Airlines aren’t the only passenger transportation systems in trouble because of the pandemic. Earlier this month, Amtrak announced severe cuts to train service, including reducing daily long-distance service to three times a week.

Among the trains affected are the Empire Builder and Coast Starlight, which call at Seattle’s King Street Station. Amtrak operates a maintenance base here, too. The Builder, which traces its route to James J. Hill’s Great Northern Railway, goes from Seattle (and Portland) to Chicago. The Starlight goes to Los Angeles.

With ridership down 95% since the COVID-19 outbreak, the national passenger system (which outside of the Northeast Corridor runs on the lines of freight railroads) is also preparing layoffs.

The announcement comes after Amtrak posted record ridership and growth in the Northeast Corridor for fiscal 2019. State-supported lines elsewhere, such as the Amtrak Cascades, either set records or performed very well. Even long-distance trains gained more ridership.

Amtrak has received $1.5 billion in federal relief but will need more than temporary funding alone to fulfill its potential.

It’s difficult to believe, but through the 1950s America enjoyed the world’s finest passenger-train network. The trains were operated by scores of private railroads. They ranged from ordinary no-name trains to famed luxury “varnish” such as the Santa Fe’s Super Chief, frequented by movie stars, and the New York Central’s Twentieth Century Limited.

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Seattle was served by the Northern Pacific, Milwaukee Road and Union Pacific, in addition to the Great Northern. One could travel to nearly every sizable town or city by rail.

While highways and airports were heavily subsidized by the government, railroads were taxed at high rates and stringently regulated, a holdover of the Progressive Era when they were dominant and mighty. Not surprisingly, the railroads withered, and not only for passenger service. The industry didn’t recover until the 1980s Staggers Act lifted the old regulations.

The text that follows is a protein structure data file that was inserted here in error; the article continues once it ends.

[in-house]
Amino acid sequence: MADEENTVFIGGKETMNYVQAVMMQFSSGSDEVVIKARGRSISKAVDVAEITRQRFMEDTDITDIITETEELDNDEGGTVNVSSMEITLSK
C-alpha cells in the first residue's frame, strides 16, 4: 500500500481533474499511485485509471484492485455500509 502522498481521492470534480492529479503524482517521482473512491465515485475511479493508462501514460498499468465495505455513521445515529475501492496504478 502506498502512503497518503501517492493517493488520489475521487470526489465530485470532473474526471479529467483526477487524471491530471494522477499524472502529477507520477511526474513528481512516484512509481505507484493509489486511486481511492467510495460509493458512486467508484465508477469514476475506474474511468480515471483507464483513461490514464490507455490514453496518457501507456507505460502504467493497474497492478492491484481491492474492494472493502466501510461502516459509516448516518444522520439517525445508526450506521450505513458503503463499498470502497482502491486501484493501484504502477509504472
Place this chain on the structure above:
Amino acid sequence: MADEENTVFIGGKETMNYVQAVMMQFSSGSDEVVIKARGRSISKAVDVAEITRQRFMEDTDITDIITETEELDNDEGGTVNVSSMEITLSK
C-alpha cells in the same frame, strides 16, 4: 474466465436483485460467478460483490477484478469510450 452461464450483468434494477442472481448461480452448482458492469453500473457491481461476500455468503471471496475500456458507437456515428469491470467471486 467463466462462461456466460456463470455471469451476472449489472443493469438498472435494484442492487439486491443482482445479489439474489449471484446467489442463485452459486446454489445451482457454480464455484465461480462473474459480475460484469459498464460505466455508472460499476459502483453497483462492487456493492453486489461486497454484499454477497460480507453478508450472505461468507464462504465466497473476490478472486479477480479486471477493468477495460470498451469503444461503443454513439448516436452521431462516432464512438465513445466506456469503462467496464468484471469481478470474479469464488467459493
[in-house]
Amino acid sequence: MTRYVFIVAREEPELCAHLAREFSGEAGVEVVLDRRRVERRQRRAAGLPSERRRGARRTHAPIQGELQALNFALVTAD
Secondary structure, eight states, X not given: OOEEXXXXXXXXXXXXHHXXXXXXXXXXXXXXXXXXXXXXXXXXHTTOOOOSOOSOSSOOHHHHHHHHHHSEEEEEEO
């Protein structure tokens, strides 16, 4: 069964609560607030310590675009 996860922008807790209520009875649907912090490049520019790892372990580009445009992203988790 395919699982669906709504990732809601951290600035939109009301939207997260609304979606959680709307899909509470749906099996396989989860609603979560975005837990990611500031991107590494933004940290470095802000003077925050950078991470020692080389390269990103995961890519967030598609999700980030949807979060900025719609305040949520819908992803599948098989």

But passenger trains were the most noticeable casualties, especially after construction of the Interstate Highway System and the advent of the jet airliner.

The situation spun in a lethal direction when the Postal Service canceled almost all railroad mail contracts in 1967-68. These “head-end” cars, including the iconic railway post offices where mail was sorted under way, provided the revenue that offset declining passenger revenues.

To save at least a skeletal intercity passenger system, Congress and the Nixon administration established Amtrak. The private railroads could unload their passenger trains on the new quasi-public corporation. It began operations on May 1, 1971.

Even so, the losses were brutal. The day before Amtrak, the nation hosted 440 passenger trains, even after all the “train off” cancellations of the previous decade. Amtrak retained only 184, most on the Northeast Corridor. Many cities and towns lost service.

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Among the casualties were the former Northern Pacific’s crack North Coast Limited and Mainstreeter to Seattle, as well as the Great Northern’s Western Star. Amtrak took over the Milwaukee Road’s North Coast Hiawatha from Chicago to Seattle, but it was a casualty of budget cuts in 1979.